Jane Olin’s childhood years were spent in Steilacoom, a tranquil village overlooking Puget Sound in Washington State. Her introduction to photography came in high school where she fell in love with the darkroom experience. To her regret, she did not pursue an arts education and it was many years before she rediscovered her passion for photography. During the interval, she traveled widely for business. Japan, of all countries she visited, had the most profound impact, and its aesthetics and its Zen Buddhism resonated deeply with her.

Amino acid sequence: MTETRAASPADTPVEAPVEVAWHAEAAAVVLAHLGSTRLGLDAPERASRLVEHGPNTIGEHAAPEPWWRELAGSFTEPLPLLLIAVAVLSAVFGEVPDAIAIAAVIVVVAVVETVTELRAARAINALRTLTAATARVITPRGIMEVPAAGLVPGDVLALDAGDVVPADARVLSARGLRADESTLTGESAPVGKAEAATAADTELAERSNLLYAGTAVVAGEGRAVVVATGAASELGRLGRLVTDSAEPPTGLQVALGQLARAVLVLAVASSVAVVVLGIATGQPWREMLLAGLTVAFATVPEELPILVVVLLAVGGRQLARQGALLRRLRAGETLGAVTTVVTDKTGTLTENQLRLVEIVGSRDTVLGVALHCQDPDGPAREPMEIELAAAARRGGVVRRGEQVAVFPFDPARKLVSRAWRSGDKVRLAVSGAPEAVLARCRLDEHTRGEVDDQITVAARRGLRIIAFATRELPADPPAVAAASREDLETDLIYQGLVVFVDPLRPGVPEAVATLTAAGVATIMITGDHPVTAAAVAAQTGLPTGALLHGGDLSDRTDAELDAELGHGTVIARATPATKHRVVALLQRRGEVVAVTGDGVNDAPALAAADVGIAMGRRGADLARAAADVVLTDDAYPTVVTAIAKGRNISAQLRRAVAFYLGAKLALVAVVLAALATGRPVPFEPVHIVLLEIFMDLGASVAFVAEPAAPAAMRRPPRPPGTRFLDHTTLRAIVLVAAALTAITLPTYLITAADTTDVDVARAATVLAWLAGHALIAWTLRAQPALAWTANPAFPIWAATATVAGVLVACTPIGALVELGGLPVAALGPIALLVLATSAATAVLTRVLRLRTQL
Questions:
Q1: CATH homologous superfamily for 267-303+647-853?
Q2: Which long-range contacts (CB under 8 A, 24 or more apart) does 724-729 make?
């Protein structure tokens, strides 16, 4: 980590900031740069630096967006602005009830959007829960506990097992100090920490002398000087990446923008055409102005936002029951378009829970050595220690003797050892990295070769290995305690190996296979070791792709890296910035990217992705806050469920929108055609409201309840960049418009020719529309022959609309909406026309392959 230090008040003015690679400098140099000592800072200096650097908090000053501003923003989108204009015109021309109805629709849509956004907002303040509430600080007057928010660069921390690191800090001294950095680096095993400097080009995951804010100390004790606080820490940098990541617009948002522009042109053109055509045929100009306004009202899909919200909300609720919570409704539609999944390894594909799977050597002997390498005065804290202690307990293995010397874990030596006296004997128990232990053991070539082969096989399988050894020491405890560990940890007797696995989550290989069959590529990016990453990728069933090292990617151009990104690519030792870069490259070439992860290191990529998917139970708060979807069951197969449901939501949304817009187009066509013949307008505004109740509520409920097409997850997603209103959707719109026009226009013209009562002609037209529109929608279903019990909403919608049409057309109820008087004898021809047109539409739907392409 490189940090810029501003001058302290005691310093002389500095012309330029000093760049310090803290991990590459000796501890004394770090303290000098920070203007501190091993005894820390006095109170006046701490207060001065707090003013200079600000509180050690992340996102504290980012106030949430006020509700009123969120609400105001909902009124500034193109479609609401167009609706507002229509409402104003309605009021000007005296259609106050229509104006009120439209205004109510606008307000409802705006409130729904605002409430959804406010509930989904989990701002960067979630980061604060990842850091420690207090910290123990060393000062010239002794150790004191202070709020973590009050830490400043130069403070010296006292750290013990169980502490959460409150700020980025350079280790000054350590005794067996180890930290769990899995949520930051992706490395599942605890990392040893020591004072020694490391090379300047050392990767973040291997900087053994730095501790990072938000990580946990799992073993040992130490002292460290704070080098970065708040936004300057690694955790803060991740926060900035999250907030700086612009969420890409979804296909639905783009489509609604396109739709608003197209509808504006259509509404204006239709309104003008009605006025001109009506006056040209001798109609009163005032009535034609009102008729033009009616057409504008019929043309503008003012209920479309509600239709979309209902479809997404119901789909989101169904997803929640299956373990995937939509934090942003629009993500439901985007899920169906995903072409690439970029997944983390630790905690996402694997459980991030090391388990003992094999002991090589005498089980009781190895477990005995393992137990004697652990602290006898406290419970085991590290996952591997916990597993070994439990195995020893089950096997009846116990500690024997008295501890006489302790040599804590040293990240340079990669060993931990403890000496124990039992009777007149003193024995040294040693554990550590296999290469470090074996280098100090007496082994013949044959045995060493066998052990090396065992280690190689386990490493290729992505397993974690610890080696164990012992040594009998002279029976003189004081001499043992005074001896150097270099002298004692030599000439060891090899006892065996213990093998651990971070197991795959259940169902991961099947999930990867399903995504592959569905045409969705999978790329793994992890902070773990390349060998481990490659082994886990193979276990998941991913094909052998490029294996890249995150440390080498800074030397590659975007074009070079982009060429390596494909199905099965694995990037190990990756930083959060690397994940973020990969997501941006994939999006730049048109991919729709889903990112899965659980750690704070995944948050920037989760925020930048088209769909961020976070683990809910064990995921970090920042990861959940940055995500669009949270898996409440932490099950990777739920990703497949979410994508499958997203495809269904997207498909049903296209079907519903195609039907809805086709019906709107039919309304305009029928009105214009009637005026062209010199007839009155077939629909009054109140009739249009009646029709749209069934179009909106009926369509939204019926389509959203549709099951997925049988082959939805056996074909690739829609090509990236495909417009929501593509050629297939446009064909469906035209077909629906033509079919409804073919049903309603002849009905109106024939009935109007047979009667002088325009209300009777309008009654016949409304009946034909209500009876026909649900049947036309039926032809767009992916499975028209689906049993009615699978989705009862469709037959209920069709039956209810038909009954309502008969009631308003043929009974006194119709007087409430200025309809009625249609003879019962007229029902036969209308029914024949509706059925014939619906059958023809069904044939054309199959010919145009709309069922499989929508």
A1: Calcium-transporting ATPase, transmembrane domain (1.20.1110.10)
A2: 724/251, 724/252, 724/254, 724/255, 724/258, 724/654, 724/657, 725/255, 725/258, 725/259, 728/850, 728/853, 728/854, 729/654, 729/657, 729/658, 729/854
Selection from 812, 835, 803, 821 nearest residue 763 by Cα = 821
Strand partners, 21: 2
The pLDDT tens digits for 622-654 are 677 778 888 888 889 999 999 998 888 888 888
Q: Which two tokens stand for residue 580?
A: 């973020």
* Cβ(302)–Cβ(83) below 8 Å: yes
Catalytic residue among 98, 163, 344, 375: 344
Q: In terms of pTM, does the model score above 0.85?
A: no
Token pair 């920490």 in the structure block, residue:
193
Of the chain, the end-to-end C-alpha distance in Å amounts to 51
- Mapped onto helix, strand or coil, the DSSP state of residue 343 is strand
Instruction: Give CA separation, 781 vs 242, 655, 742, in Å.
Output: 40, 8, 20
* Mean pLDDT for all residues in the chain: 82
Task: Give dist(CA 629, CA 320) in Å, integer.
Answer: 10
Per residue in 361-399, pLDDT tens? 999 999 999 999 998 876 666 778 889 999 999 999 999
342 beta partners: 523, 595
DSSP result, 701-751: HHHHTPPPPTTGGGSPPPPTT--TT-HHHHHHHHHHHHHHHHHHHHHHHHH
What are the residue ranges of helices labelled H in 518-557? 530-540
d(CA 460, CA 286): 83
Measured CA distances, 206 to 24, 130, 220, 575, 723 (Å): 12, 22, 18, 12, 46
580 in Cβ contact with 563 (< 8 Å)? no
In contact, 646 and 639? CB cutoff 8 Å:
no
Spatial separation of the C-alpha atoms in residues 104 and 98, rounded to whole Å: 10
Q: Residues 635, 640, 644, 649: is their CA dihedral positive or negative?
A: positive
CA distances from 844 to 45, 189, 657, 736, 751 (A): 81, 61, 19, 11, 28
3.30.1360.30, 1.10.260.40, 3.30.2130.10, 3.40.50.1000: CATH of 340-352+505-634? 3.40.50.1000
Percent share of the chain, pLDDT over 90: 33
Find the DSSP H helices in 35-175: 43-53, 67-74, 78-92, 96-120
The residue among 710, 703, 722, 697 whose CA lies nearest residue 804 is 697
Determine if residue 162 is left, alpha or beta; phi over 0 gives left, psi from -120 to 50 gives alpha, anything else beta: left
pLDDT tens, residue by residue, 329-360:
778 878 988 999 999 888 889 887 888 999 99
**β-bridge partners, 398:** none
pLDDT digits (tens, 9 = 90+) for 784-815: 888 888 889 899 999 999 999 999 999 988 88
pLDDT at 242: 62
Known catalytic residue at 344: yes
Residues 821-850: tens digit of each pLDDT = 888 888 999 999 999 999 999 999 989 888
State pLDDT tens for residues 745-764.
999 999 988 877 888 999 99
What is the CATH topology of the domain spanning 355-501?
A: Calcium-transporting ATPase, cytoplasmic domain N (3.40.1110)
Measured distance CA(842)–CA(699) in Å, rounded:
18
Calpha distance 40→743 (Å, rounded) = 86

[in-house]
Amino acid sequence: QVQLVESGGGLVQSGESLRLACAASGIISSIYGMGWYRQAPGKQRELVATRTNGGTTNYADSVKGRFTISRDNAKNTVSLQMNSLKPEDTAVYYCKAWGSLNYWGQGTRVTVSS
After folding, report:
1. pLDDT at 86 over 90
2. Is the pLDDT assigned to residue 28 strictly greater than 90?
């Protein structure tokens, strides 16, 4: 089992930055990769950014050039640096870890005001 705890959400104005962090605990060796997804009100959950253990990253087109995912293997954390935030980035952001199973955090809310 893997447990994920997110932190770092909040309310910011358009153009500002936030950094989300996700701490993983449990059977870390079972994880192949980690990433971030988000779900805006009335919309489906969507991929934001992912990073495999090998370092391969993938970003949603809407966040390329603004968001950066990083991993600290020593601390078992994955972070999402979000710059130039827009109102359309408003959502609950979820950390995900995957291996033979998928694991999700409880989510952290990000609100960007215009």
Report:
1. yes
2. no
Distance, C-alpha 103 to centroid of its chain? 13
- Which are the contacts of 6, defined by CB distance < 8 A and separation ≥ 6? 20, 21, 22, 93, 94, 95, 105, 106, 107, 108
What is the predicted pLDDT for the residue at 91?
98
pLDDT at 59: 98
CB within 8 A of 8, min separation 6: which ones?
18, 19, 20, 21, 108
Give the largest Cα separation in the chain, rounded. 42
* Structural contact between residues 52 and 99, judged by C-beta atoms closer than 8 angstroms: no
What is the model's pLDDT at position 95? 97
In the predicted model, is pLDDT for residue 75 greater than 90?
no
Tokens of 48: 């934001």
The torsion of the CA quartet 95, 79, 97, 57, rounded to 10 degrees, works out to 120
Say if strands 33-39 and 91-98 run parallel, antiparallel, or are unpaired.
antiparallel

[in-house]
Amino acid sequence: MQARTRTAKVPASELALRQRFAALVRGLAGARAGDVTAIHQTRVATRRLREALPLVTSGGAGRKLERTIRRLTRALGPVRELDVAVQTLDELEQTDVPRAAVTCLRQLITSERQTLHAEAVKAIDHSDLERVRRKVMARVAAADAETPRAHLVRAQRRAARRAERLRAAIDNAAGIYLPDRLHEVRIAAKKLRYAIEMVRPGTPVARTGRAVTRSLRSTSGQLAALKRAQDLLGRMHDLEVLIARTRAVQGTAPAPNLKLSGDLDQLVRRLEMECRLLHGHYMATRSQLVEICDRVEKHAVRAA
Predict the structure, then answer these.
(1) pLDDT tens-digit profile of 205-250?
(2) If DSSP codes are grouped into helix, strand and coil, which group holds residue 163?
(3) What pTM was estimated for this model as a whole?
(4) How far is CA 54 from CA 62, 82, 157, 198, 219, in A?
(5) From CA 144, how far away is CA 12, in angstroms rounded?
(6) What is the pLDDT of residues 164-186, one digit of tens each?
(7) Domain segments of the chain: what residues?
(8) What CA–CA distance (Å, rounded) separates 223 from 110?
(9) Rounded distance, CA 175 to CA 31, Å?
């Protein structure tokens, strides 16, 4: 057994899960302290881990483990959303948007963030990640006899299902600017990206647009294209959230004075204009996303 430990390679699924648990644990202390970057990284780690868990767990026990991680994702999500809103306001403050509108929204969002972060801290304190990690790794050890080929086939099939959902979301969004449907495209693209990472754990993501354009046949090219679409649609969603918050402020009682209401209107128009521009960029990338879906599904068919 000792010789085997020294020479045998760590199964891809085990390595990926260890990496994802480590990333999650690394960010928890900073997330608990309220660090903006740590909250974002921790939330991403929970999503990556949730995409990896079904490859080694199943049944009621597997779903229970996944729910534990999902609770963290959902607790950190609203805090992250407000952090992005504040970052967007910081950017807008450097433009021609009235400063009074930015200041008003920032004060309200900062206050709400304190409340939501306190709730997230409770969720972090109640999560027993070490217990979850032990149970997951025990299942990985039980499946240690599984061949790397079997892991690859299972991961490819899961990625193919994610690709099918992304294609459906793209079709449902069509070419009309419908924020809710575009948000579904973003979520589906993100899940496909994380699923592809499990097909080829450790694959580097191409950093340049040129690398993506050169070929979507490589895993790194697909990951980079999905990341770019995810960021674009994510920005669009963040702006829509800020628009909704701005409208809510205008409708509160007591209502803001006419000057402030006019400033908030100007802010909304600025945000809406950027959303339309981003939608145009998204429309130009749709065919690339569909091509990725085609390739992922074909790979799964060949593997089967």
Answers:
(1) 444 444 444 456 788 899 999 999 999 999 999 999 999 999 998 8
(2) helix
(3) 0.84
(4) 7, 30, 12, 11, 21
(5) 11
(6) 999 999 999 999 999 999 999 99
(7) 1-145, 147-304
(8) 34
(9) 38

The cultural emphasis on beauty found in nature, and in simplicity, in the imperfect, the transient, and the values of grace and subtlety suited her own. She maintains a mindfulness practice today, and present moment awareness is imbedded in her photographic process.
Like the Surrealists before her, Olin has a deep respect for the fortunes of chance. So when a strong impulse to photograph an ordinary scene of dried plants falling against a wall came over her, she followed her intuition. The resulting images became the genesis of her new series, On the Edge of Chance.